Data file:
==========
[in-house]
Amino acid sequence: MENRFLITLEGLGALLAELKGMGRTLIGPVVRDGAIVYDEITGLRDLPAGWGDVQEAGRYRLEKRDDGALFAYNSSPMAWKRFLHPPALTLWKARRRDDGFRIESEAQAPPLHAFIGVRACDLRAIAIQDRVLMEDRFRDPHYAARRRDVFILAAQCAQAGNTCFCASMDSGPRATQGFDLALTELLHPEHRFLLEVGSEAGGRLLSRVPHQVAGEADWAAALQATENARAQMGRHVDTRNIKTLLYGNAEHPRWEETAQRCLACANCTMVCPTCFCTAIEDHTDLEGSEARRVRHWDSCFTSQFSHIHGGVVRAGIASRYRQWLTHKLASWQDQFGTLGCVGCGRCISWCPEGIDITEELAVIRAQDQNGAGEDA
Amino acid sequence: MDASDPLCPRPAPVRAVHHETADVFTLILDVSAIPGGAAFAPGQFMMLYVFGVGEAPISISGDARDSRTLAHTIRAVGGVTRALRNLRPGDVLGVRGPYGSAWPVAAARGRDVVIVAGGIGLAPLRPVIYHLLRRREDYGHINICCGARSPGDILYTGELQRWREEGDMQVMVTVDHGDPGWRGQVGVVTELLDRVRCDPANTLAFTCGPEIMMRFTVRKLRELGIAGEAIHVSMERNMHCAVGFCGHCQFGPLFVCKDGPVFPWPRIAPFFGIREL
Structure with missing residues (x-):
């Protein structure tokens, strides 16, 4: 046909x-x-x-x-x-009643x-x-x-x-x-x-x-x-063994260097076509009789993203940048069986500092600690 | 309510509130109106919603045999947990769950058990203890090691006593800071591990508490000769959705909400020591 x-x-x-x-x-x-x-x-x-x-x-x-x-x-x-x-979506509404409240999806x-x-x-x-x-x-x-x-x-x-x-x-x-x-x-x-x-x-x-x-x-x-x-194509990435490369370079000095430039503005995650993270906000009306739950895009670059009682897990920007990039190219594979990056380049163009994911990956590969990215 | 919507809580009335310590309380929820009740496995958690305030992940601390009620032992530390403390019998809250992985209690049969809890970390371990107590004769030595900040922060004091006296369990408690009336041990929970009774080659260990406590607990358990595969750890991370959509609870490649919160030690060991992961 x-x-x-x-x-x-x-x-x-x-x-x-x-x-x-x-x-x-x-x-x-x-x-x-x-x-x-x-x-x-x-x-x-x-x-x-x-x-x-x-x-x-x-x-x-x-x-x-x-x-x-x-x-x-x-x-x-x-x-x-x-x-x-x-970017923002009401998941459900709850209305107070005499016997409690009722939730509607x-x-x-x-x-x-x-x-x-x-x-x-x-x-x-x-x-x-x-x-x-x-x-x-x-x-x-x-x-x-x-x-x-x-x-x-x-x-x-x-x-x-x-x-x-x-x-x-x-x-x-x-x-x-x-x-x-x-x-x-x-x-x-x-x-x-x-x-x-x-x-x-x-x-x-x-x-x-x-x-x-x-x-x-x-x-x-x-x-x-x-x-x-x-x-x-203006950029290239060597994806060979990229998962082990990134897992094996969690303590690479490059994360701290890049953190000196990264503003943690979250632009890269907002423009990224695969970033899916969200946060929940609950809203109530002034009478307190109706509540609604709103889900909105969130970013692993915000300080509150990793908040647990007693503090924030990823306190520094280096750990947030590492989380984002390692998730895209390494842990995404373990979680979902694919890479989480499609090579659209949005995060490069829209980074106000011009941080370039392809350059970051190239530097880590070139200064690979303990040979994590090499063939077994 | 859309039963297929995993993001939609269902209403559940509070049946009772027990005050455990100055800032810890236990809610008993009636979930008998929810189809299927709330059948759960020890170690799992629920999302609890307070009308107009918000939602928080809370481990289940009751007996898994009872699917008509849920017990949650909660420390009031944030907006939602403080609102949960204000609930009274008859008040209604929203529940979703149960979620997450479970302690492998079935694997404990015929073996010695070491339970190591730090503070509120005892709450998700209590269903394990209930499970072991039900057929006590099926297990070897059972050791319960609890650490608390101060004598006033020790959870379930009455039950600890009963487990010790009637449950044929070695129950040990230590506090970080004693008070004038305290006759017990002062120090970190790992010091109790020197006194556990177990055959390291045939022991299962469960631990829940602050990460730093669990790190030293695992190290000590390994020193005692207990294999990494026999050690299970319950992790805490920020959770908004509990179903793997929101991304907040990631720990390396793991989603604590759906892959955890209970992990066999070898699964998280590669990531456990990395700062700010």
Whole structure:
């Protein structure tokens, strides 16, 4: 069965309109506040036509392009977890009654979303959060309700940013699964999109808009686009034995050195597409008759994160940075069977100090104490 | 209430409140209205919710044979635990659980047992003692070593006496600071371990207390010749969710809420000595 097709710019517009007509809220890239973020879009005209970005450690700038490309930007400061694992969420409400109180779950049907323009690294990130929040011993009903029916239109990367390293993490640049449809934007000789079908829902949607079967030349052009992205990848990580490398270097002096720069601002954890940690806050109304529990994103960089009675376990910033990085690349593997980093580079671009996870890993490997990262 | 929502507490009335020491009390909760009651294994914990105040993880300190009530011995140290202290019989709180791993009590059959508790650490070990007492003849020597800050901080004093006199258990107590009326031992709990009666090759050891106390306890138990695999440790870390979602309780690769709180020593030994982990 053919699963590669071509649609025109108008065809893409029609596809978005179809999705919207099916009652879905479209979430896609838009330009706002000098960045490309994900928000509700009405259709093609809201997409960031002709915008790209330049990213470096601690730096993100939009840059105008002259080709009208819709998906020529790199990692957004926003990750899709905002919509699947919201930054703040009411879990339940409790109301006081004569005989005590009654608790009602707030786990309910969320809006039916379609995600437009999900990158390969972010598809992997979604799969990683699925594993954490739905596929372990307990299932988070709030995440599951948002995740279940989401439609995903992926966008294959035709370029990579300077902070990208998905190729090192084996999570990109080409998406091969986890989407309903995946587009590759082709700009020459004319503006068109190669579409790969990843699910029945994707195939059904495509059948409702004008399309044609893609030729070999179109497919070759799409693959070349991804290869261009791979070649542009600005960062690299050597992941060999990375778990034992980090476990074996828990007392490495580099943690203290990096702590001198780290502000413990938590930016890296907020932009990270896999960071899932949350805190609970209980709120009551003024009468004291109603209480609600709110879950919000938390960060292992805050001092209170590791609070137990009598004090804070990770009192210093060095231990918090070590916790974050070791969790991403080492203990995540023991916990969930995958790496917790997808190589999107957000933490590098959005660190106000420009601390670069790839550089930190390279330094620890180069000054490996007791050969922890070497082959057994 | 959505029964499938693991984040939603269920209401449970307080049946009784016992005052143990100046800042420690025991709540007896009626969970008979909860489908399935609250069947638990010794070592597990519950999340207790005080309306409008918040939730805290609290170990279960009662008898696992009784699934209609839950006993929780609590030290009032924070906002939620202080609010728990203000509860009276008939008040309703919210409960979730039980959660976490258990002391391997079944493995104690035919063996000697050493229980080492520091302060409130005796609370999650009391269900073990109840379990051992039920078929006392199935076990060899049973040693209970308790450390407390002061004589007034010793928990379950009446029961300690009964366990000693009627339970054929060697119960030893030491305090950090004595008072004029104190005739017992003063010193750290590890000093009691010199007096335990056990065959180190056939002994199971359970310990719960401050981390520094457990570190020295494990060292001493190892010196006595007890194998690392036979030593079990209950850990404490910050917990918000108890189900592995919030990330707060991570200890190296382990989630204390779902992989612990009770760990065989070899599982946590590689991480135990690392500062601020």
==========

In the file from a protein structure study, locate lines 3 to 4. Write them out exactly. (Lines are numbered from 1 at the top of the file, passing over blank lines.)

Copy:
Amino acid sequence: MDASDPLCPRPAPVRAVHHETADVFTLILDVSAIPGGAAFAPGQFMMLYVFGVGEAPISISGDARDSRTLAHTIRAVGGVTRALRNLRPGDVLGVRGPYGSAWPVAAARGRDVVIVAGGIGLAPLRPVIYHLLRRREDYGHINICCGARSPGDILYTGELQRWREEGDMQVMVTVDHGDPGWRGQVGVVTELLDRVRCDPANTLAFTCGPEIMMRFTVRKLRELGIAGEAIHVSMERNMHCAVGFCGHCQFGPLFVCKDGPVFPWPRIAPFFGIREL
Structure with missing residues (x-):